The exact date of the first usage of this phrase is uncertain. However, the phrase was certainly first used before the 1900s. It originates in the practices of shopkeepers, who often stated that they had a ‘first come, first served’ policy for their shops.
The phrase was sometimes shortened to the acronym FCFS on shop signs, so that customers were aware that the shopkeeper operated according to this policy.
Since then, however, the phrase has entered common parlance and has acquired a broader and more general meaning.
The ‘first come’ part of the phrase or proverb means ‘the first person (or people) to arrive’. The ‘first served’ part means ‘the first to receive’.
So, putting these two elements of the phrase together, we can say that this phrase means that the first person to arrive will be the first person to receive a certain thing. That could be service in a shop or it could be a slice of cake at a birthday party.
‘Served’ in this phrase does not necessarily literally mean that the addressee of a phrase will be served food or treated as if the other person is their servant. The phrase is more flexible than that.
‘Served’ can thus mean several things here, including:
– Spoken to.
– Dealt with.
– Provided with goods or services.
The phrase is often used when there are a number of people queuing to get the same thing. In this situation, the phrase functions as a way of managing those people’s expectations. When demand exceeds supply, it is good to have a ruling principle like this one that can keep things orderly.
Expansion of the idea.
The intention behind the phrase is to emphasize that it is good to be first in the queue for something because then you are more likely to get it.
However, with the proverb, the meaning is somewhat flexible. They can literally mean that getting up early in the day will help us to achieve more things. But they can also mean, more metaphorically, that being driven and motivated to head straight for our goals can really pay off.
1. A polite excuse: sometimes, this phrase is used as a kind of excuse, when there are only a limited number of items to be distributed. For instance if there are only a few concert tickets available, the concert managers may excuse their inability to give everyone tickets by saying ‘first come, first served’ and giving them only to the first people in the queue.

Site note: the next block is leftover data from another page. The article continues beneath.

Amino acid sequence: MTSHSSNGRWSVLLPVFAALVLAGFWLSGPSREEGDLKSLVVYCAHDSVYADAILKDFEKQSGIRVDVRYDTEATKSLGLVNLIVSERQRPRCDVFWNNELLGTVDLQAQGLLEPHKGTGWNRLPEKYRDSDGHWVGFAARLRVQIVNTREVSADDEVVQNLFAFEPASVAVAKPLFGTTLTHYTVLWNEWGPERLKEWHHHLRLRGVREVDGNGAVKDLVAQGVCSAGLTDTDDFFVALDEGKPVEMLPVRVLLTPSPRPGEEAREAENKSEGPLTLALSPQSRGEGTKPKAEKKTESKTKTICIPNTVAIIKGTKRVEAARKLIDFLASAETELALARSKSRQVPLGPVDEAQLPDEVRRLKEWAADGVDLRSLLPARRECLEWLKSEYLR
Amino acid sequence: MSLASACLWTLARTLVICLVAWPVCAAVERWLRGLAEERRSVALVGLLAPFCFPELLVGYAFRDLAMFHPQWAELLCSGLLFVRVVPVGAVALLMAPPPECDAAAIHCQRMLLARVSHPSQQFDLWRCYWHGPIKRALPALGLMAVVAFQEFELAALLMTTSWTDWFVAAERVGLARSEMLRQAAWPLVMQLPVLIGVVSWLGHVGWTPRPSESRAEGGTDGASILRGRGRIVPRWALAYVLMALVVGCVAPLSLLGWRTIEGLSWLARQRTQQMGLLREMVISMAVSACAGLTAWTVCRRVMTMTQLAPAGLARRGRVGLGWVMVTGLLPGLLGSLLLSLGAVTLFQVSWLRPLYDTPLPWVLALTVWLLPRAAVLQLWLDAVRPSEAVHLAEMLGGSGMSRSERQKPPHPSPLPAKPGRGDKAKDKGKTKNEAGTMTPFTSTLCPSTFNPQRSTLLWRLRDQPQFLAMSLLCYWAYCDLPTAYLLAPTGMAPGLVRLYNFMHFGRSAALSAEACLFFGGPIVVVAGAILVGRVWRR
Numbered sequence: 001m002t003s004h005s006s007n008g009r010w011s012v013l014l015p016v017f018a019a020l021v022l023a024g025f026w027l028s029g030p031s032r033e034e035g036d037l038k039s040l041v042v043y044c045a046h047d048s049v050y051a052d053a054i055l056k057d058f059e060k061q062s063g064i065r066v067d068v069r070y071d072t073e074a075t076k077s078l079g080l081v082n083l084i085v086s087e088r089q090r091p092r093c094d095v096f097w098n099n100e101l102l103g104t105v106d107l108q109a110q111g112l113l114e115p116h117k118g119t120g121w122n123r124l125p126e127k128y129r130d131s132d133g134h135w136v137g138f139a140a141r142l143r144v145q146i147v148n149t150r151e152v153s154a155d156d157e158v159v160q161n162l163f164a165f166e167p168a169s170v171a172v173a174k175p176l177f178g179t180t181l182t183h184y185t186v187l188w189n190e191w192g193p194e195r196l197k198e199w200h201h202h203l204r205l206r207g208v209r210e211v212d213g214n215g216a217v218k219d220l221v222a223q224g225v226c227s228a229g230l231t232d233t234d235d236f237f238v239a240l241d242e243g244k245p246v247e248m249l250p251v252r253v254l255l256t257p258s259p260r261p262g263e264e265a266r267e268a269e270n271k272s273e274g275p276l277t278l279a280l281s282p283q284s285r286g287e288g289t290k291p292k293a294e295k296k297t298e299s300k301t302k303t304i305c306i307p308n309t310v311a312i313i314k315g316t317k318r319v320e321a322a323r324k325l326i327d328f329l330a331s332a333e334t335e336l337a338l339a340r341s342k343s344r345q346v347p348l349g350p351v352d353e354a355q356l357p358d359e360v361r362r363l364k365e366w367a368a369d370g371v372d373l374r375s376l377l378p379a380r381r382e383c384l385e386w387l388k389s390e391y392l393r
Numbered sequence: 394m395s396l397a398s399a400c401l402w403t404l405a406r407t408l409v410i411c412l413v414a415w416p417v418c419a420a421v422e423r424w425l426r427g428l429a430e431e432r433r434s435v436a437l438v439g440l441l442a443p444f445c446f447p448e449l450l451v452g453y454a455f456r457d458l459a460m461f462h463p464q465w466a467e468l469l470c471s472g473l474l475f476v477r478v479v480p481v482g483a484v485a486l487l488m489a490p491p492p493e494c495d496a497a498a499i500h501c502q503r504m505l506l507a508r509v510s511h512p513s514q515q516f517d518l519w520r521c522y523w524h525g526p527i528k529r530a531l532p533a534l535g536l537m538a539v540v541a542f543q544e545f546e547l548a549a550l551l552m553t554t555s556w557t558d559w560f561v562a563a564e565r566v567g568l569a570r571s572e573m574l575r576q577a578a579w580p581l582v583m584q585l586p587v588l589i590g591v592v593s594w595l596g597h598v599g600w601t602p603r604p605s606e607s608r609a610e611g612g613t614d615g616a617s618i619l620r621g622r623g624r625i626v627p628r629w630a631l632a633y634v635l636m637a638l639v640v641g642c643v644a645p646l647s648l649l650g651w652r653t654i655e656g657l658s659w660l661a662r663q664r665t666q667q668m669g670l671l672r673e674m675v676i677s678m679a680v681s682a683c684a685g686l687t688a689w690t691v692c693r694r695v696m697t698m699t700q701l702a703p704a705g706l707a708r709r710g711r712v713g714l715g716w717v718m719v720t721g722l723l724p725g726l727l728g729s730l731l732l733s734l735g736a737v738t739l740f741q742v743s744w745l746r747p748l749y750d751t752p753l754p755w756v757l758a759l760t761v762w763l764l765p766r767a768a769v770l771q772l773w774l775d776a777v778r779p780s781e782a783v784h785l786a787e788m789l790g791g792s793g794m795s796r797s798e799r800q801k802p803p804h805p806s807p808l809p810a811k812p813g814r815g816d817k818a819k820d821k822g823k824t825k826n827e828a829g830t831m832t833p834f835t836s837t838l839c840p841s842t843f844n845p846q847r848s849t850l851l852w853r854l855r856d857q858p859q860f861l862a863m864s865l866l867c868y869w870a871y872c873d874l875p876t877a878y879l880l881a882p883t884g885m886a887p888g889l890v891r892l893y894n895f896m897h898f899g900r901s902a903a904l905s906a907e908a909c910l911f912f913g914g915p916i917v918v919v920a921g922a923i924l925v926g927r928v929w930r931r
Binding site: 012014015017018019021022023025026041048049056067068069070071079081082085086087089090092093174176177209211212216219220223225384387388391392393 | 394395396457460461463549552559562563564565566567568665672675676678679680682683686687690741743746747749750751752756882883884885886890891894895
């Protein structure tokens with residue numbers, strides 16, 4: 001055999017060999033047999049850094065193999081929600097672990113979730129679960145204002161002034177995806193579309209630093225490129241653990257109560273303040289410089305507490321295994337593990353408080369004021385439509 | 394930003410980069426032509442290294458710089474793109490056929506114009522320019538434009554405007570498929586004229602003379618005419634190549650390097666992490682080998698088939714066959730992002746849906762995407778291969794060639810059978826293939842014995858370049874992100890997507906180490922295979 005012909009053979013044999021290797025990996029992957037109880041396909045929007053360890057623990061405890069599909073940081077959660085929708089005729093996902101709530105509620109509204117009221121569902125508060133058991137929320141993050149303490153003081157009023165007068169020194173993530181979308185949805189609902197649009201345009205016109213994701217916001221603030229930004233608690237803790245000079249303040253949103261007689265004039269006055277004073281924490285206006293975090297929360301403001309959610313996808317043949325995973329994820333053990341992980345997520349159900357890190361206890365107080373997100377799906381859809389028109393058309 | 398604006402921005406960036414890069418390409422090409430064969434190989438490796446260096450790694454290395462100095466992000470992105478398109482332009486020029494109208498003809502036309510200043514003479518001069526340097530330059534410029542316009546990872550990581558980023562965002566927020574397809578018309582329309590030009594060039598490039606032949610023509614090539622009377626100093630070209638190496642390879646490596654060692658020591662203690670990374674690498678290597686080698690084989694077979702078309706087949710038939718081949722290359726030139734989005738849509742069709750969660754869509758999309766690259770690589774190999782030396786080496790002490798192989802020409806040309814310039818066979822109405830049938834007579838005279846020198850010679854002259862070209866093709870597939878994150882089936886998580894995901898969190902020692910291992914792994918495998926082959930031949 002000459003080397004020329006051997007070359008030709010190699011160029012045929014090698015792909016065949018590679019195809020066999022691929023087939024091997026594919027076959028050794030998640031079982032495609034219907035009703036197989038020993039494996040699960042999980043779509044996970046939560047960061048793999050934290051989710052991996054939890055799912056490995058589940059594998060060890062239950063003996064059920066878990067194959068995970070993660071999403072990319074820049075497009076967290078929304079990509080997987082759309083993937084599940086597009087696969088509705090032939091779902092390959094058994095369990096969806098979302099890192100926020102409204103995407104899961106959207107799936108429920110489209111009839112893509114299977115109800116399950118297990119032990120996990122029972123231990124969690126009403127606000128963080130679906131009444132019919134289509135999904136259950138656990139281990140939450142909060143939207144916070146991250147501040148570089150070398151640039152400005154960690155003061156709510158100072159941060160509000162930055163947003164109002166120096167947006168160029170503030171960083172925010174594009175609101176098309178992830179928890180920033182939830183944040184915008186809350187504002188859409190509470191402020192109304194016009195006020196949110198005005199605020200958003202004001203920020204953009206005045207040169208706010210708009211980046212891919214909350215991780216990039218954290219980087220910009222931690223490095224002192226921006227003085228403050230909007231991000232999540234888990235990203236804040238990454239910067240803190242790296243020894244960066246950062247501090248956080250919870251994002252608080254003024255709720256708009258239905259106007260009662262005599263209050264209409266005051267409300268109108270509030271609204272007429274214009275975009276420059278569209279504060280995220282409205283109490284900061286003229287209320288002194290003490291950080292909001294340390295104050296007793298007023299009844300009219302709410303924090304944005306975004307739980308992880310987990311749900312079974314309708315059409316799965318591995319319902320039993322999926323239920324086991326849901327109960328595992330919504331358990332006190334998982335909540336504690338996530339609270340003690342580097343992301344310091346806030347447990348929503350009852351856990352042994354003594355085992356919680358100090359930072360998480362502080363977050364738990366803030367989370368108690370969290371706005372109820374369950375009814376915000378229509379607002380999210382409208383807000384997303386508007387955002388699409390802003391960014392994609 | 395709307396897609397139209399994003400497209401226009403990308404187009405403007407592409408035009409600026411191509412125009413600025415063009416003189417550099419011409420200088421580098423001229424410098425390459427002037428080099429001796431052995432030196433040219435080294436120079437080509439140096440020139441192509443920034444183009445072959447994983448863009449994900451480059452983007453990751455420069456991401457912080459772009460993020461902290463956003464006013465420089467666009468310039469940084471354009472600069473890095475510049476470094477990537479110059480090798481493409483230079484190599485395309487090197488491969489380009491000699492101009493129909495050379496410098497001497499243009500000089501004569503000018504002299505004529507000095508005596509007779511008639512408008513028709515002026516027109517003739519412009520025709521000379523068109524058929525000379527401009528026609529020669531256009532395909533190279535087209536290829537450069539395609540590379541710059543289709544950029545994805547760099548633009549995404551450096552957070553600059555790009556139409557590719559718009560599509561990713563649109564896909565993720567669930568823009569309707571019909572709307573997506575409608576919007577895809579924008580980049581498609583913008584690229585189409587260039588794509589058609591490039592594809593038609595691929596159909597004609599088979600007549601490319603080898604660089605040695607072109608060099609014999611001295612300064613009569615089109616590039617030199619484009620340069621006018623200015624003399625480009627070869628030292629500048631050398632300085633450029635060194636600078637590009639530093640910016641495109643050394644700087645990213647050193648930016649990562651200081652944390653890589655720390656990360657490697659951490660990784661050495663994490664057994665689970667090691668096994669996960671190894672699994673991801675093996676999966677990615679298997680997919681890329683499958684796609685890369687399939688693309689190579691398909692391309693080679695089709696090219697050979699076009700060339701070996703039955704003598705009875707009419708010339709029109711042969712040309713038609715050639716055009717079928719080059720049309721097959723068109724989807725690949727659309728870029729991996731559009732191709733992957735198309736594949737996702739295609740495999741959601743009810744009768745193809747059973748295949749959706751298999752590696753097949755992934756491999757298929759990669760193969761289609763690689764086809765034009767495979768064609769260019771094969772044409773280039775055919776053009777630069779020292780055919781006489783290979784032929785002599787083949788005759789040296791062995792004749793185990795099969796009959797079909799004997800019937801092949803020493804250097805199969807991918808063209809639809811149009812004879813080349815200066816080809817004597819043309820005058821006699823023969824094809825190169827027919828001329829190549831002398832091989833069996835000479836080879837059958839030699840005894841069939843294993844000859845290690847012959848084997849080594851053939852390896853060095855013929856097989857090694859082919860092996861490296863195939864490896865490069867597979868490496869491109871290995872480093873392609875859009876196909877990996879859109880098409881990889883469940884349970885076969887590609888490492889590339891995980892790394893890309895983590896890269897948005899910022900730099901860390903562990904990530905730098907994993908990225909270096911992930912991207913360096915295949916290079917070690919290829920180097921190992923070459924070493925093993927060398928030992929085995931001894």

2. Motivation: this reminds us not to dawdle, and suggests that promptness and punctuality will be rewarded. As such, it is a great way to help ourselves to show up on time to everything from lectures to sports practice.
3. Encouraging orderly behavior: the phrase encourages people to act in an orderly fashion – forming queues and respecting the fact that people at the front of the queue will be served first.
4. Equality: some might argue that this phrase treats people equally. People are not divided by wealth or social status, but simply by who is at the front of the queue.
5. Rewarding enthusiasm: this phrase celebrates the fact that enthusiasm and passion for a subject will be rewarded.
6. A consolation: if you do not get what you wanted, you can always console yourself by saying this phrase and reminding yourself that it was simply that you did not arrive in time to get it.
7. Encouraging us to get up and start the day: this phrase will help us to get out of bed in the morning and take advantage of any opportunities that come our way.
‘First come first served’ is a great phrase to remember if we want to motivate ourselves to turn up and seize all of the opportunities that we can. Though it originates in the practices of shopkeepers, this versatile phrase can be applied to so many different occasions, from university and school work to job interviews.
Whether we use it as an encouragement to polite behavior or as a reminder that enthusiasm will always pay off, this is an excellent phrase to bear in mind throughout our lives.
Read more in Wikipedia.